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He learned gwbasic at 11 and clearing browsing data at 20. He believes that Schrödinger cat is half-dead. He hates corn and PPT. Giancarlo is a DZone MVB and is not an employee of DZone and has posted 3 posts at DZone. You can read more from them at their website. View Full User Profile

The Power of Apache Mina: Building Client Auth and Async Notifications

05.03.2012
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The application being discussed has to behave as follows: performs the client authentication, accomplishes request and response operations and forwards notifications asynchronously to the client. The Mina framework fulfills these needs because it was created to be as flexible and easy-fitting as possible in an array of case scenarios. Mina is structured in several layers that briefly can be broken down into: input parsing, execution of concatenated processes, and serialization of related responses, if needed. The infrastructure takes care of I/O  quirks, while it lets you write within it your business processes and handles session lifecycles through simple callbacks that you can manage within a  few codes. It is Majestic! You will love it.

In addition, there is a need to look for something that could help me, the author, to write down an application which implements many commands, preferably in a appealing way, where each piece of service could be isolated from the rest of the application.

The demultiplexer is a device with a single input and many outputs. Its role is to select the output line according to context rules. This approach is also implemented within Apache Mina for writing decoders, handlers and encoders. Apache Mina’s demux package includes: DemuxingIoHandler, DemuxingProtocolDecoder and the DemuxingProtocolEncoder.

Apache Mina Architecture

Filters

Filters are used for several purposes: I/O logging, performance tracking, thread pooling, overload control, blacklists, and so on. In a specific case I once had to configure two filters. One for the user authentication, and the other for thread pooling. Once a user is logged in, the authentication filter removes itself from the client session filter list, while substituting one transforming the raw input into POJOs.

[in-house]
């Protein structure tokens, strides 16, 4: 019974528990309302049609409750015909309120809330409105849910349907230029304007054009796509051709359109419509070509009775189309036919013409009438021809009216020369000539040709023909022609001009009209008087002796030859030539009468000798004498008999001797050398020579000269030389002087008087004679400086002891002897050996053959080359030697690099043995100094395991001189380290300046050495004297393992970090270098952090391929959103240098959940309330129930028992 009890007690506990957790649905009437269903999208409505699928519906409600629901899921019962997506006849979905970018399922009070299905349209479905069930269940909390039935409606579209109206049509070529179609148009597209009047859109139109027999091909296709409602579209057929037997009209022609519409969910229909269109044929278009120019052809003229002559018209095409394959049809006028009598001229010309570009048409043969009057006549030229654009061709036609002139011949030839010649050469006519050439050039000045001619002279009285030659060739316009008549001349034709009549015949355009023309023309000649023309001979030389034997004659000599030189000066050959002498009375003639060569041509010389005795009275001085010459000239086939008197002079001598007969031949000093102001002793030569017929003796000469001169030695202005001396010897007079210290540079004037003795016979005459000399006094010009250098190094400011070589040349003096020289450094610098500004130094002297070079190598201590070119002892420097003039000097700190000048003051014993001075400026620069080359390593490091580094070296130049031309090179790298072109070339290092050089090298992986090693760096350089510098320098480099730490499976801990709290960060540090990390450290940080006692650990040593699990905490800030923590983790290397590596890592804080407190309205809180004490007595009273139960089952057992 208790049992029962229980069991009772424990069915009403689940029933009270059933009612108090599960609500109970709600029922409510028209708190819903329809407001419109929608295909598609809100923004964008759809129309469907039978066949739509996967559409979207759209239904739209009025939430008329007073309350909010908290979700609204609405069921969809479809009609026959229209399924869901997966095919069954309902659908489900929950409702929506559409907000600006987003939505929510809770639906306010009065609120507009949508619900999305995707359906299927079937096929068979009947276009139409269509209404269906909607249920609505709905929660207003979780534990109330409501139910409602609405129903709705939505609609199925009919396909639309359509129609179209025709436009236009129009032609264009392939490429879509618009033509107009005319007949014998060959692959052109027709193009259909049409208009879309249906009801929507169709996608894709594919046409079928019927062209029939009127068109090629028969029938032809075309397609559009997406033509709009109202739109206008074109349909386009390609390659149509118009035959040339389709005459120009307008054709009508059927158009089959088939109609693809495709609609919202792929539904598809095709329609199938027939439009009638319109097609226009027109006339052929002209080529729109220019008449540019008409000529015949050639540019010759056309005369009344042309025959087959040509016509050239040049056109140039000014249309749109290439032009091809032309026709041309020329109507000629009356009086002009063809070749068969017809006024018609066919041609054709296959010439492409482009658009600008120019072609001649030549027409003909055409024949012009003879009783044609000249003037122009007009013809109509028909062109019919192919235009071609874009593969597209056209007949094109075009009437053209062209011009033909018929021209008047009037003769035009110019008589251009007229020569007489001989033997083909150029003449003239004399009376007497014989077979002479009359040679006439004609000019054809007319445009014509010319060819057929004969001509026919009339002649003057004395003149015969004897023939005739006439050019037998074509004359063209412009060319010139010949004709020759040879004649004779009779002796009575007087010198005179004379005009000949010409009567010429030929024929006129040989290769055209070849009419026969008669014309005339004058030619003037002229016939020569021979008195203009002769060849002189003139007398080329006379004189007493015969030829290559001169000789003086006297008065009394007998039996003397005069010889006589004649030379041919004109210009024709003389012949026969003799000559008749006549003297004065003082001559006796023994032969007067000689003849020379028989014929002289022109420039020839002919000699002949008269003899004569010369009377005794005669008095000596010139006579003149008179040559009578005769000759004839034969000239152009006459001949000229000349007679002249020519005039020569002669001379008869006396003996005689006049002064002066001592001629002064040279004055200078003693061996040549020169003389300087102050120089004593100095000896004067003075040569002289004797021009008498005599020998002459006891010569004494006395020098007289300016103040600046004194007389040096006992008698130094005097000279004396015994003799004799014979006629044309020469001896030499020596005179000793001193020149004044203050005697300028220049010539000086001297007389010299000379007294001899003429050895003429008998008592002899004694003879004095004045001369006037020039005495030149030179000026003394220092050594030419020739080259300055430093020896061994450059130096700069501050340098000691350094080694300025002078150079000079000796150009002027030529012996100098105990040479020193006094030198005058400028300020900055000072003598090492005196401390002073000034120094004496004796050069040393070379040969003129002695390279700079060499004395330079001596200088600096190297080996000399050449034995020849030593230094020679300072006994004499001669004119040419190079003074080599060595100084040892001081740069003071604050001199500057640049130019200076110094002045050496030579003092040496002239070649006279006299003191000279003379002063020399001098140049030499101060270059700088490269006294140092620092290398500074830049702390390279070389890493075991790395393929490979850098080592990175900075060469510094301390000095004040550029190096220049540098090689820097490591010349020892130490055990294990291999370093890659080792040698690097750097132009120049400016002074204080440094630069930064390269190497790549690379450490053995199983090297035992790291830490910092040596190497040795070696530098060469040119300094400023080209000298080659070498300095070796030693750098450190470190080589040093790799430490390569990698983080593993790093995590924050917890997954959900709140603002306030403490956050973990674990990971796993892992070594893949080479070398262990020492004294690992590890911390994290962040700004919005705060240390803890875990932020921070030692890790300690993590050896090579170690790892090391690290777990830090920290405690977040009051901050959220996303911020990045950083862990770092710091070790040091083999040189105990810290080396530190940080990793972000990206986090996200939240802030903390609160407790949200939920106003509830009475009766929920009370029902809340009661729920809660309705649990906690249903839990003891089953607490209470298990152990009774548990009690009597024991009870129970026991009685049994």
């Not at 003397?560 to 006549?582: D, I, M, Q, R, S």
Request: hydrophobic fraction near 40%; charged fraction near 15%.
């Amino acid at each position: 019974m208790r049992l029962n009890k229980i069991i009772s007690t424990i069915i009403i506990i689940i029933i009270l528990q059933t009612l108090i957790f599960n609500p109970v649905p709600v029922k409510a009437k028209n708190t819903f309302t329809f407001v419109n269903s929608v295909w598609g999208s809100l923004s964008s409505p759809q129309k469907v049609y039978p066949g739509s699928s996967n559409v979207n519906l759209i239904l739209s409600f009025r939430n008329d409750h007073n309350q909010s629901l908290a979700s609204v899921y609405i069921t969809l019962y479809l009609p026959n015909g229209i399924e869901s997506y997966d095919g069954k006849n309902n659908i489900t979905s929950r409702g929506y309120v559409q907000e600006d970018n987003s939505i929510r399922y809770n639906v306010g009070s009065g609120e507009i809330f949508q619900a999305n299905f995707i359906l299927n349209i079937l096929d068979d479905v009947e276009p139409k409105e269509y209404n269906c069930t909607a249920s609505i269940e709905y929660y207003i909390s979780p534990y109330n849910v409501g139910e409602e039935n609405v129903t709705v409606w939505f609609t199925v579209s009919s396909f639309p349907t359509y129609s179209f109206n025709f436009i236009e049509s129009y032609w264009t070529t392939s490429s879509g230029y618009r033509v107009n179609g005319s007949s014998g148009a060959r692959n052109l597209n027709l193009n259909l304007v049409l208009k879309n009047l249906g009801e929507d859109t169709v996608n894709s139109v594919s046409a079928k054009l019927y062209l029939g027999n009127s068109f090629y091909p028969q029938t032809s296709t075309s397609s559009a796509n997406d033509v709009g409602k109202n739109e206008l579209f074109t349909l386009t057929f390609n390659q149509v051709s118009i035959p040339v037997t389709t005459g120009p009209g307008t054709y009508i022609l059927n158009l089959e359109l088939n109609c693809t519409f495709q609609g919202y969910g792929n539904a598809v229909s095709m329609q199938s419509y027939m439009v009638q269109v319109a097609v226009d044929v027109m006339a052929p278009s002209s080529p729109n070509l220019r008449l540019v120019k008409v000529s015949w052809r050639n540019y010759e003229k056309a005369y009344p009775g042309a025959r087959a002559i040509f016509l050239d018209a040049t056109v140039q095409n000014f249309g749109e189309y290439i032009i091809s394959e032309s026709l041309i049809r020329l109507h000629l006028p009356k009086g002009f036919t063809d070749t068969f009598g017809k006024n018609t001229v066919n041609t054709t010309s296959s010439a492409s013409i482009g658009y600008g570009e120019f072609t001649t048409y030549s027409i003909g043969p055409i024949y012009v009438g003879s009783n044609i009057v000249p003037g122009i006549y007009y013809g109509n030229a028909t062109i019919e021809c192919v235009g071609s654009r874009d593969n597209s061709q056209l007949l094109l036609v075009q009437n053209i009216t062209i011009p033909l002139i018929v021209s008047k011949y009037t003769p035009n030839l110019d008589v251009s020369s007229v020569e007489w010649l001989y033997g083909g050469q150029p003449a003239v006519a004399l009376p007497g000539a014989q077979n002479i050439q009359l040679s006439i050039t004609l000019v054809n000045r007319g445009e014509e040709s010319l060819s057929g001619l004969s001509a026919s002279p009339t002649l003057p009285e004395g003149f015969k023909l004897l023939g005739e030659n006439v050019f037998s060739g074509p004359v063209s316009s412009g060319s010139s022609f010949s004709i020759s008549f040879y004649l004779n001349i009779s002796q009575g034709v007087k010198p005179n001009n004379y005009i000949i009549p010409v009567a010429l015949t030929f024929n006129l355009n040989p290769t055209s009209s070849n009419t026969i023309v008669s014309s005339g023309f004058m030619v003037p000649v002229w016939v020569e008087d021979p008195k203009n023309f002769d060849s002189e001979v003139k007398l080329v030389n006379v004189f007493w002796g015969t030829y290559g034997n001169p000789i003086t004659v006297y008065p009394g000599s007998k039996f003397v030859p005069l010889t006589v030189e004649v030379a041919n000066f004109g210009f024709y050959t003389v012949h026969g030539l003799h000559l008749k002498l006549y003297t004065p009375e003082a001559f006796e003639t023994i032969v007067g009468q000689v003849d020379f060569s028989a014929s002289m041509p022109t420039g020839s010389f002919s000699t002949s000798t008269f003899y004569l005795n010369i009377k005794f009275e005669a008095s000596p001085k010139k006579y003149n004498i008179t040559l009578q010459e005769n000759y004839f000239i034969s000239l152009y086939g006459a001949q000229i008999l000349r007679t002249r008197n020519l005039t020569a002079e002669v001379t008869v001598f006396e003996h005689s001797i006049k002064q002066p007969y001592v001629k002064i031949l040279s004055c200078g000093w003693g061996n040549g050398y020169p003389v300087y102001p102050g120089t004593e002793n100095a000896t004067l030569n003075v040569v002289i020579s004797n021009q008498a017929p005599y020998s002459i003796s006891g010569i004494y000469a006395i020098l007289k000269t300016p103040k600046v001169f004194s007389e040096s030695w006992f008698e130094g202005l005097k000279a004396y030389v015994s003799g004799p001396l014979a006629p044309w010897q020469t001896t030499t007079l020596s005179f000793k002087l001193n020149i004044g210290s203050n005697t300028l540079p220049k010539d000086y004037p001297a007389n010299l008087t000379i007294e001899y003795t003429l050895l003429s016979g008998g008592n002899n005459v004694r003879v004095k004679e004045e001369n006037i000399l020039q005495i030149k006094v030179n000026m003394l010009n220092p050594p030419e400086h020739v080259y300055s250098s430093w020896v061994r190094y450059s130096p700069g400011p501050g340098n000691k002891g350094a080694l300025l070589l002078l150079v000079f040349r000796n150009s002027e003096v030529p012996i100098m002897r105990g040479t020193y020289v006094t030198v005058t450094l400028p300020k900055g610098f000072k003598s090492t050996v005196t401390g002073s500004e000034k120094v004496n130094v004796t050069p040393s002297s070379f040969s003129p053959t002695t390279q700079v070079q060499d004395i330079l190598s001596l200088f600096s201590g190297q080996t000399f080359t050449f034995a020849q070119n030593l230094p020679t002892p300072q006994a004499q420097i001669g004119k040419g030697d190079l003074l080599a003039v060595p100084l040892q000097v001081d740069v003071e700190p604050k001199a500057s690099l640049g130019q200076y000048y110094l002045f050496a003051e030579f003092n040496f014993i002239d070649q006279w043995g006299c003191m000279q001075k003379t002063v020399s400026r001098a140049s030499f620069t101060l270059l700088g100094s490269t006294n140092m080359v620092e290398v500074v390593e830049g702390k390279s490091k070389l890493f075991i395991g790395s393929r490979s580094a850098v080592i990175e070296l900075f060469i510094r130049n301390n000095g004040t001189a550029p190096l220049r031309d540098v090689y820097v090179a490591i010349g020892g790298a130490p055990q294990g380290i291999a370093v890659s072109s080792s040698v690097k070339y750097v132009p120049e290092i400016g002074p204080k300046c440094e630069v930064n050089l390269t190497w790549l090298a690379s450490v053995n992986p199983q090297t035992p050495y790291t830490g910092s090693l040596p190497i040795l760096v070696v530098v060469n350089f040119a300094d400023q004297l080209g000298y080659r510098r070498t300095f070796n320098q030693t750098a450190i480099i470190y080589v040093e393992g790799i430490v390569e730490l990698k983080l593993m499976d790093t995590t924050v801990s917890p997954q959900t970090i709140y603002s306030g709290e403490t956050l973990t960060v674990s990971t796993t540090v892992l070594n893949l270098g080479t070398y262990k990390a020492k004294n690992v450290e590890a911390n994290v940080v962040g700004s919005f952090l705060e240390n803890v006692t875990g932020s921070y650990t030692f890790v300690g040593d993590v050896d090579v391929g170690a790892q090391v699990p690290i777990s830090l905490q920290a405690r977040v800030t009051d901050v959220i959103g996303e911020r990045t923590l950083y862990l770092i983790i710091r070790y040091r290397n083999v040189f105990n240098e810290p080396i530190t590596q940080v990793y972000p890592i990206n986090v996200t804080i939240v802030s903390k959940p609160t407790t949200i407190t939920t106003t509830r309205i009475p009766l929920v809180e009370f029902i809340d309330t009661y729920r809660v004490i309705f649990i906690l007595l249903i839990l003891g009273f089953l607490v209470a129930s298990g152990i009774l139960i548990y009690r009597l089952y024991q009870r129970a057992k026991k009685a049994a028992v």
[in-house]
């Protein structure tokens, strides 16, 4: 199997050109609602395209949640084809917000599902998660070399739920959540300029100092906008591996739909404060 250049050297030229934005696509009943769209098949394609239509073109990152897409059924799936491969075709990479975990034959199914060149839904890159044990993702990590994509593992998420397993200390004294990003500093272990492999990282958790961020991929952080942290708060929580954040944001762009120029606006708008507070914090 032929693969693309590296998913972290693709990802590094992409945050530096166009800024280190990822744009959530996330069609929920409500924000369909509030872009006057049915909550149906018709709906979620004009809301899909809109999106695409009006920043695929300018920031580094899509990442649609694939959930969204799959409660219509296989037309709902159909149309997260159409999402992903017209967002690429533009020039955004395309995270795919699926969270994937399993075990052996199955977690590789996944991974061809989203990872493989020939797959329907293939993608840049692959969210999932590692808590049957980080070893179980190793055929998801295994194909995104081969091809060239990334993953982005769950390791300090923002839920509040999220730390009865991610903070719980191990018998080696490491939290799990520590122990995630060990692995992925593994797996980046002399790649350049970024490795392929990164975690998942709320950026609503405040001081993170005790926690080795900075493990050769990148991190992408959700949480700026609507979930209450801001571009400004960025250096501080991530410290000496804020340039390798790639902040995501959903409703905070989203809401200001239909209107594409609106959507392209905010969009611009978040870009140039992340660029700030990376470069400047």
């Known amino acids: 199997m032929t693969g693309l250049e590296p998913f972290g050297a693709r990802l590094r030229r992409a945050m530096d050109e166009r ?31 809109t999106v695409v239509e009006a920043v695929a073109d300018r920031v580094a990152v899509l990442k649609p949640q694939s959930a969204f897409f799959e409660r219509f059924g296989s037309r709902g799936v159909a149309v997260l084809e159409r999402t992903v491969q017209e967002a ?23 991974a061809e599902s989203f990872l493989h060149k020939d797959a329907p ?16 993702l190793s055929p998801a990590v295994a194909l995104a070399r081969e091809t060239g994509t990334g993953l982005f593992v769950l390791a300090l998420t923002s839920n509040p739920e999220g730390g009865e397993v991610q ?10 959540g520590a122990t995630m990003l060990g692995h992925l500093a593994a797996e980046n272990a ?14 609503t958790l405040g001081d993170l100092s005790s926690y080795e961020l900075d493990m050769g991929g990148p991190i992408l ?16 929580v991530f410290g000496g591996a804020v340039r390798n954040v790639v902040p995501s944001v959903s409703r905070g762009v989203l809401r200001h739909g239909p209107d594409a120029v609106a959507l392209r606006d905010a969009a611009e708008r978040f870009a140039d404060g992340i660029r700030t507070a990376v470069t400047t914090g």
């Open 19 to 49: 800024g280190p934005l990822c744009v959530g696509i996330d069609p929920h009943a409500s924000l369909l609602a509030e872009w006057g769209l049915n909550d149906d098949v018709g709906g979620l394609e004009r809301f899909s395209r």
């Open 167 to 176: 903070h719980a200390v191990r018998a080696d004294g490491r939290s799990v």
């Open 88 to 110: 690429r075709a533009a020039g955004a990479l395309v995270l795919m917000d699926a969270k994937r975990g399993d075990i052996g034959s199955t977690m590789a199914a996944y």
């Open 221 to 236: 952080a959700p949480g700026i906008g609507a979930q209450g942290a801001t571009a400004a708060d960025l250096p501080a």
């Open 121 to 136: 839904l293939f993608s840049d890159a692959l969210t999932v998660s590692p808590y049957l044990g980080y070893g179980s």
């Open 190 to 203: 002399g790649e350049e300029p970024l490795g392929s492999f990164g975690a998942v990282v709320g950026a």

Decoder

The TCP server must implements a proprietary protocol. It is a simple ASCII protocol for exchanging commands. Such command lengths are undefinable. They, however, are a sequence of characters much like SMTP. Therefore, the CumulativeProtocolDecoder class is extended enabling it to gather input through the end of command. It is then left to us to parse of the bytes and create a simple Java Bean. Post the operation, the bean is transferred through the filter chain to be executed.

Handler

One of the IoHandler implementations drew my attention while I was looking for something resembling the Command Pattern. Each message coming from clients means a specific action, and I find it so tedious writing a single Handler that switches operations by the type of the incoming request. An elegant solution is provided by DemuxingIoHandler that posts the requests toward the corresponding handler. The handlers have to implement the MessageHandler<E>, the generic type defined will be the object’s class that the DemuxingIoHandler will submit to the handler, and register themselves invoking addReceivedMessageHandler(Class<E> type, MessageHandler<? super E> handler).

The asynchronous nature of Mina allows to handle a huge number of clients by an handful set of threads. A further decoupling between I/O and business logic may be done by the ExecutorFilter, which is in charge of the messages after the NioProcessor.

Encoder

The transformation component works in a reverse way compared to the decoder: it serialises the POJO response coming from the handler process, to the output stream, toward the client. Likewise the handlers, it is possible to delegate its own encoder for each response object, but why not to send the IoBuffer straightly from the handler that elaborates the request? Separation of concerns might be the answer. The handler receives a command, a java bean, then it is processed and the handler returns an object for response, a POJO. It’s up to the encoder to transform the abstract response to a concrete message through the agreed TCP protocol.

Published at DZone with permission of Giancarlo Frison, author and DZone MVB. (source)

(Note: Opinions expressed in this article and its replies are the opinions of their respective authors and not those of DZone, Inc.)

Comments

Mike Heath replied on Thu, 2012/05/03 - 7:13pm

If you like MINA, I would highly recommend you take a look at Netty. Netty performs much better than MINA and has a cleaner API, IMO. There also seems to be much more activity in the Netty community.

I don't mean to dog on MINA. MINA's great but it's development seems to have stalled quite a bit since Trustin Lee left MINA to work on Netty.

Charles Hudak replied on Fri, 2012/05/04 - 10:29am

Concur with the above comment.

 I've written several MINA applications. The latest one I refactored to use Netty and in many ways it is much cleaner. I had some serious issues in the 2.x version of MINA that I didn't have in the 1.x version and could never get them resolved.

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